Crisis Mode—Emergency Management and Response

Transcript

Narrator

The future of project management is changing fast. On Projectified™ with PMI, we’ll help you stay on top of the trends and see what’s really ahead for the profession—and your career. 

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Stephen W. Maye

Hello, I'm Stephen Maye, and this is Projectified™ with PMI. I'm here with my co-host, Tegan Jones, and in this episode we're talking about emergency management—a topic that’s always important, but has become even more urgent in recent years.

We’re seeing that natural disasters are intensifying. Urban population density continues to increase. And with a growing sense of resource scarcity, political tensions are on the rise. And the type of crisis that requires a massive humanitarian response is becoming more frequent, which is putting a huge strain on the government agencies and NGOs that are supposed to respond. 

Tegan Jones

Right, because disasters that are more intense and more frequent are, of course, more expensive. The global insurance company Aon actually tracks the cost of natural disasters every year, and it found that 2017 was the costliest year on record for weather-related disasters. Around the world, events like hurricanes and floods generated 344 billion U.S. dollars in economic losses last year.

Stephen W. Maye

It’s hard to imagine that much money, let alone losing that much money. It’s basically the GDP of a mid-sized country—say, Denmark, South Africa or Singapore. Just wiped out.

Tegan Jones

Yeah, and it’s not like these costs are just a little bit higher than they used to be. The 2017 losses from natural disasters were almost double the losses that were seen, on average, between the years 2000 and 2016.

And what that really means for organizations is they just can’t keep doing things the way that they’ve always been done.  

Stephen W. Maye

And that has huge implications for recovery projects. So, if you’re rebuilding from scratch after a hurricane or an earthquake, you’d want to make sure whatever you build next will be able to withstand more—stronger winds, higher waves, whatever’s going to be thrown at you.

Tegan Jones

And that’s what a lot of organizations have done here in New Orleans, where I live, in the aftermath of Hurricane Katrina. And one of these organizations, Southeast Louisiana Veterans Health Care System, was actually the winner of the 2018 PMI® Project of the Year Award. So I got a chance to visit this new, massive medical facility that the Department of Veterans Affairs had to rebuild after the storm.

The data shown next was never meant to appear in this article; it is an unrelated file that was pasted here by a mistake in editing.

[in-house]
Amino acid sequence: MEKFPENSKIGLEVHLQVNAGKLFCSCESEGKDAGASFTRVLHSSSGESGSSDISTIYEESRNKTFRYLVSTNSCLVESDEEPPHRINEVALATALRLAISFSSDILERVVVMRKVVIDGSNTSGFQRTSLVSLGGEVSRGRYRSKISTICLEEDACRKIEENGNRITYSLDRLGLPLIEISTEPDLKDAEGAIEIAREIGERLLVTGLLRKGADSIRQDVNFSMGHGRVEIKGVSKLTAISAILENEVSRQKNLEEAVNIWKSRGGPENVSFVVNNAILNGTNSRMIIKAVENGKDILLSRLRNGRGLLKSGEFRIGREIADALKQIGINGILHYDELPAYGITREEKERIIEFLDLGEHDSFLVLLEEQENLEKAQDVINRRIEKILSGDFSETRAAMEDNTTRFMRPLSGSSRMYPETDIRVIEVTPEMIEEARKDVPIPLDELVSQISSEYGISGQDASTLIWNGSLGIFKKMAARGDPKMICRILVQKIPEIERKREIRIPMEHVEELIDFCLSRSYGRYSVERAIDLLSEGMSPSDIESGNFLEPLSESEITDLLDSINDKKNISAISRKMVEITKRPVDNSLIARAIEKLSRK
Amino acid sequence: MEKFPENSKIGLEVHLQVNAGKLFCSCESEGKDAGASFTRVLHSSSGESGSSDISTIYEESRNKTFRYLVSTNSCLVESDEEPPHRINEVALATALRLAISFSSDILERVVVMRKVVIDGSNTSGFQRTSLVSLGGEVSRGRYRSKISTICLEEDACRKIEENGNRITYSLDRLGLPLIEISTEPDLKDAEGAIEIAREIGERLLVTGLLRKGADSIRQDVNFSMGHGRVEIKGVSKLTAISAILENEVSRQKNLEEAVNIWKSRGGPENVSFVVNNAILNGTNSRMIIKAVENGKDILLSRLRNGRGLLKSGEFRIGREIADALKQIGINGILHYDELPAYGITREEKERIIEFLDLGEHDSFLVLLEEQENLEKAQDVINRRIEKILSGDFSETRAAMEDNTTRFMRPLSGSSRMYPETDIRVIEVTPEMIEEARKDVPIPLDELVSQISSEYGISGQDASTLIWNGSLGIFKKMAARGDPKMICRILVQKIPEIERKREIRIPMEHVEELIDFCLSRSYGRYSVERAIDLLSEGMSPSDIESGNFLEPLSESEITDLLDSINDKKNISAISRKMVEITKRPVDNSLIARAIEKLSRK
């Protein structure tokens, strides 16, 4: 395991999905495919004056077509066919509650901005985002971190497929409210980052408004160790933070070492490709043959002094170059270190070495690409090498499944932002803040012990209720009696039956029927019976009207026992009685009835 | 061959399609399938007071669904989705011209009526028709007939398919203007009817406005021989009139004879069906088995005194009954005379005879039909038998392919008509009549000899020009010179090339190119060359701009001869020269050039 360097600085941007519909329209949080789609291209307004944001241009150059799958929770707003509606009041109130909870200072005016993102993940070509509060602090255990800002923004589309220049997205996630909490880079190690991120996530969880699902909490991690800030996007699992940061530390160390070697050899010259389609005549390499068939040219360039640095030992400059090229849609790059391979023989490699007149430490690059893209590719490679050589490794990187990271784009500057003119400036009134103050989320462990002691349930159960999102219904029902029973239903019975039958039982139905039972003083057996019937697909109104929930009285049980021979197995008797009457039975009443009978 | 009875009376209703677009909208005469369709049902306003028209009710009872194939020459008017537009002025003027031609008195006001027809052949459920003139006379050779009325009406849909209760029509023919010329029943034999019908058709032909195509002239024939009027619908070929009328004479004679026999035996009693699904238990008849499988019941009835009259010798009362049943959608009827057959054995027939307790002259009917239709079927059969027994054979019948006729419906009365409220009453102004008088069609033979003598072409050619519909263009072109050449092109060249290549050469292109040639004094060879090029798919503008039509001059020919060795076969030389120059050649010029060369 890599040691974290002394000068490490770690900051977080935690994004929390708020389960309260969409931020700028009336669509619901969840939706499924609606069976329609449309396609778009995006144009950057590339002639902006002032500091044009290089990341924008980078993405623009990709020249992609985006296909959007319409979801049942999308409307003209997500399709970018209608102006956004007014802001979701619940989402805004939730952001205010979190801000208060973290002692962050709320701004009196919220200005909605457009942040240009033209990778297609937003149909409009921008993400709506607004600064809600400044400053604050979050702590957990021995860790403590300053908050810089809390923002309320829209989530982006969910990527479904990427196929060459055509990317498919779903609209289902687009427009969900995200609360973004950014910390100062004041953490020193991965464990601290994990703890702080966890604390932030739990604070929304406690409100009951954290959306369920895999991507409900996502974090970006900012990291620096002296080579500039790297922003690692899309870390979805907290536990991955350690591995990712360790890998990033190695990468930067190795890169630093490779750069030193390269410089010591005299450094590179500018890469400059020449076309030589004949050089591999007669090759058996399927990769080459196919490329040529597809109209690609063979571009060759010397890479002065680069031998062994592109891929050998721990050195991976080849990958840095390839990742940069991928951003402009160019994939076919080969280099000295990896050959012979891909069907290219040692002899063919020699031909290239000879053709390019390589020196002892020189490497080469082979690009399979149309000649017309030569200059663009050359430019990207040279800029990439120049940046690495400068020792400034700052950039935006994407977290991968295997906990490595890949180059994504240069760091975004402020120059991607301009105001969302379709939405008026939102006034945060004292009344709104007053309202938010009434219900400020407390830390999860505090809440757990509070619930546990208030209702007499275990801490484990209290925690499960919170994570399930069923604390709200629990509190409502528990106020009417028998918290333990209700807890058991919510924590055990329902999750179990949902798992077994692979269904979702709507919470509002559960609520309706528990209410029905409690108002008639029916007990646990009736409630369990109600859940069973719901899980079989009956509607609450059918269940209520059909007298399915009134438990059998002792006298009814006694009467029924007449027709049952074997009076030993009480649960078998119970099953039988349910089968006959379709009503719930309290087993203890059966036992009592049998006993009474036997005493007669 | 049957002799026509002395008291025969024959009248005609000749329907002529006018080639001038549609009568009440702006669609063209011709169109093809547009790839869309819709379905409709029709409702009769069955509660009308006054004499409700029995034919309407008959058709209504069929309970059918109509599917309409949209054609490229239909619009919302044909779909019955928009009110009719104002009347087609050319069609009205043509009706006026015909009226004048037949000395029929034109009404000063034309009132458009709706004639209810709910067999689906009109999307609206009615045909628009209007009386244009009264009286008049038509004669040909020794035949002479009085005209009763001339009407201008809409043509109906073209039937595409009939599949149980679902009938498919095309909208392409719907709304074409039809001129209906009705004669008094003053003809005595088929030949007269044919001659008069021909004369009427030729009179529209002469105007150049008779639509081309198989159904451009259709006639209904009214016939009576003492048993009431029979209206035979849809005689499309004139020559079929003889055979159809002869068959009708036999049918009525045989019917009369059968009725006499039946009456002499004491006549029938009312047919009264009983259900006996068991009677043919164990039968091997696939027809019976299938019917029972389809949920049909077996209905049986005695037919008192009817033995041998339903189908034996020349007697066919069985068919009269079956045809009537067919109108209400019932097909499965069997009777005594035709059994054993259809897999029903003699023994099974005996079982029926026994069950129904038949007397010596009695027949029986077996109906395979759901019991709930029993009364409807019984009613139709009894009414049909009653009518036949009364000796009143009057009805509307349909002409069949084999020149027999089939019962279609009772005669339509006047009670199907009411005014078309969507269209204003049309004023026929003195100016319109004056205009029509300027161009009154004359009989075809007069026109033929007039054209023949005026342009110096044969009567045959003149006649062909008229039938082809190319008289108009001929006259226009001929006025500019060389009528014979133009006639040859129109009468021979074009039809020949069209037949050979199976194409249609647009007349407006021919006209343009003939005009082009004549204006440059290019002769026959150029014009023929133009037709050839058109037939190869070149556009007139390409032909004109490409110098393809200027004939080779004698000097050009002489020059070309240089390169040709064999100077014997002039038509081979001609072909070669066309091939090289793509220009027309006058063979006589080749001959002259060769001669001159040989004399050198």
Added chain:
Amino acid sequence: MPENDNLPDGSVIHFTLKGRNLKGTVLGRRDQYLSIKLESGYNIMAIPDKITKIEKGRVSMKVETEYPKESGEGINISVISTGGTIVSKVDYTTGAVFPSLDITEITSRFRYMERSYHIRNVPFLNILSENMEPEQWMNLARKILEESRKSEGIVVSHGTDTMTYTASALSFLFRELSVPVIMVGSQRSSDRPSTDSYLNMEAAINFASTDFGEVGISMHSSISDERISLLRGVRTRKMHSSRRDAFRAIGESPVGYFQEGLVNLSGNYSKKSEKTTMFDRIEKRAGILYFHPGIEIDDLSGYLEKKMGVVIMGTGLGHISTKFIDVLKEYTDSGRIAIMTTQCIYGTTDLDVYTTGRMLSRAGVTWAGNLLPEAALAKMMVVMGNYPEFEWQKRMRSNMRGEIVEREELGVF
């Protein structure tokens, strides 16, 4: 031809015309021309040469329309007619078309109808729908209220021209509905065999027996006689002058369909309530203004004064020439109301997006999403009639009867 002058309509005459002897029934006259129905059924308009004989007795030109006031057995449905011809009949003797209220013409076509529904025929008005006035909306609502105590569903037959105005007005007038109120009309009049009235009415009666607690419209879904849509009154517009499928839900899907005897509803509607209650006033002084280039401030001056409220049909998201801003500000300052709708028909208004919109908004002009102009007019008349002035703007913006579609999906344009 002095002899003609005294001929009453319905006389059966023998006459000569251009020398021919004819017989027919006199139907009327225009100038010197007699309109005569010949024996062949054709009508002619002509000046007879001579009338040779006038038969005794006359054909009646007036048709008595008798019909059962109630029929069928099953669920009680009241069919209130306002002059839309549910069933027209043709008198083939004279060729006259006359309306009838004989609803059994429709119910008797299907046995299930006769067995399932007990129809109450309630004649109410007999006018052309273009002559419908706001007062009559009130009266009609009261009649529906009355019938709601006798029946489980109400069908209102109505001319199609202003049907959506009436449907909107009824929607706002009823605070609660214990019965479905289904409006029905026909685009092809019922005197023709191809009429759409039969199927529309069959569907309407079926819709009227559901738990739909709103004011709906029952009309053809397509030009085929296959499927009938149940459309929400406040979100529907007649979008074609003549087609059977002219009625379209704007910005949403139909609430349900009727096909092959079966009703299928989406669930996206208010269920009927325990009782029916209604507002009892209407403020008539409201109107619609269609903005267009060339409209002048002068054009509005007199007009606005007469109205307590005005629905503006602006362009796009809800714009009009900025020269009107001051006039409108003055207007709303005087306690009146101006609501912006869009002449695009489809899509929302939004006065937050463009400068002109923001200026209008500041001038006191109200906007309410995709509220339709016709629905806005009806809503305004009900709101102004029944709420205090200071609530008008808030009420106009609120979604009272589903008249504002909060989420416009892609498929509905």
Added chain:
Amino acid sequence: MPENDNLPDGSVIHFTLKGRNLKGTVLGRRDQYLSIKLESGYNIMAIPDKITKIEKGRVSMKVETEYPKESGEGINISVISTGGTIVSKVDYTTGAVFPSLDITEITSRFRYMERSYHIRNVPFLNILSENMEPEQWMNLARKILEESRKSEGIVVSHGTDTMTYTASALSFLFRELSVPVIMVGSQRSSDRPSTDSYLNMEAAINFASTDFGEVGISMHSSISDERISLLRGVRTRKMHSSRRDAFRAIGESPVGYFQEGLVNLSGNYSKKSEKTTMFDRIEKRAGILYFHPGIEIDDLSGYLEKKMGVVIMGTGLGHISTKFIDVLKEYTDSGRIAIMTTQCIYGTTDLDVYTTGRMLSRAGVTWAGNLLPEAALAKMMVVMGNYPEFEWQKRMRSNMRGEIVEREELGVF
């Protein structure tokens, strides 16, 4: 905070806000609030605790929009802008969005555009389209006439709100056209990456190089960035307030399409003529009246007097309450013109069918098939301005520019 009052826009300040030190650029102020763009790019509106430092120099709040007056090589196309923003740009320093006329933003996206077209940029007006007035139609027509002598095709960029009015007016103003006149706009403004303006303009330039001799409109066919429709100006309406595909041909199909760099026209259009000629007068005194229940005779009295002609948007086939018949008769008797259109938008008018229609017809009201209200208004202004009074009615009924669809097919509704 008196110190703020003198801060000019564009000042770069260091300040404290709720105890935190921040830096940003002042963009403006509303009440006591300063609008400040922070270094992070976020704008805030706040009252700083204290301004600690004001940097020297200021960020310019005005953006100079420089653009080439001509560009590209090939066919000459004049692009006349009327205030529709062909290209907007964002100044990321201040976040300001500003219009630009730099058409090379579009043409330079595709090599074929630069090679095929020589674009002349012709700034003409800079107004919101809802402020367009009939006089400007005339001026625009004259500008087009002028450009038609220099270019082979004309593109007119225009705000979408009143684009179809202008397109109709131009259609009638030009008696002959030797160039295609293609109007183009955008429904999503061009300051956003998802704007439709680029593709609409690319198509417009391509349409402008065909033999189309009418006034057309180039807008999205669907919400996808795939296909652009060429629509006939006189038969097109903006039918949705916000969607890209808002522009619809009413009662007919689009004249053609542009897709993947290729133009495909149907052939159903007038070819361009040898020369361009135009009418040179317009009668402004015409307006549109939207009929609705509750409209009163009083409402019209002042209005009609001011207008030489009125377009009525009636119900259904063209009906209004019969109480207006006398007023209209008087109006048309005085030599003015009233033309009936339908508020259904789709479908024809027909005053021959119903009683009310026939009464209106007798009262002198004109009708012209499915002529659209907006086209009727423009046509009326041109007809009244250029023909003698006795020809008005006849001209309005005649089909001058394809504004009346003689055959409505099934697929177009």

Stephen W. Maye

That's a highly competitive award. So what do you think made this project so special? Why do you think this is project of the year?

Tegan Jones

So, that’s really for the judges to say, but I think that one of the things that most impressed me was that resiliency element that you mentioned a little bit earlier. They made sure that all of the mission critical equipment—so HVAC, elevator systems, all of that stuff—was placed at least 20 feet, or 6 meters, above sea level. And that’s so the hospital can keep functioning during and immediately after a crisis, rather than people trying to provide medical care in a hot parking lot, which is what really happened after Hurricane Katrina. 

Stephen W. Maye

And I’m sure that decision is going to save a lot of lives one day. We'll hear more about this project a little later in a special segment that showcases the project of the year winner. We'll hear from four members of the medical facility team who will explain a bit about what it took to rebuild this billion-U.S.-dollar facility. 

Tegan Jones

I really do love this story. I have such hometown pride. But I’m also really interested to hear from Victor Orellana Acuña, an architect and PMP who until recently was the deputy national director for the National Emergency Office for the country of Chile. And he was in that role in 2015 when an earthquake triggered a tsunami off the coast of the country. So he has a lot of first-hand experience with what it takes to manage the immediate aftermath of an emergency.

Stephen W. Maye

So, the VA team will talk about building more resilient projects, Victor will talk about emergency response and our first guest will talk about reducing risk in the face of a disaster or a crisis. Mahamoudou Guimbayara works for CARE Mali. He’s the emergency team leader of the Development Food Assistance Program. So he’s dealing with a different kind of disaster—food scarcity and starvation. 

Although this type of crisis is a bit more predictable than something like an earthquake or hurricane, I think the problems that need to be solved and the risks that need to be managed are really pretty similar.

Tegan Jones

Right. It's not just about delivering food to people who need it—although that in and of itself is a huge logistical task. It's also about helping people find ways to recover and reassess after the crisis has passed. So let's hear how his team does it.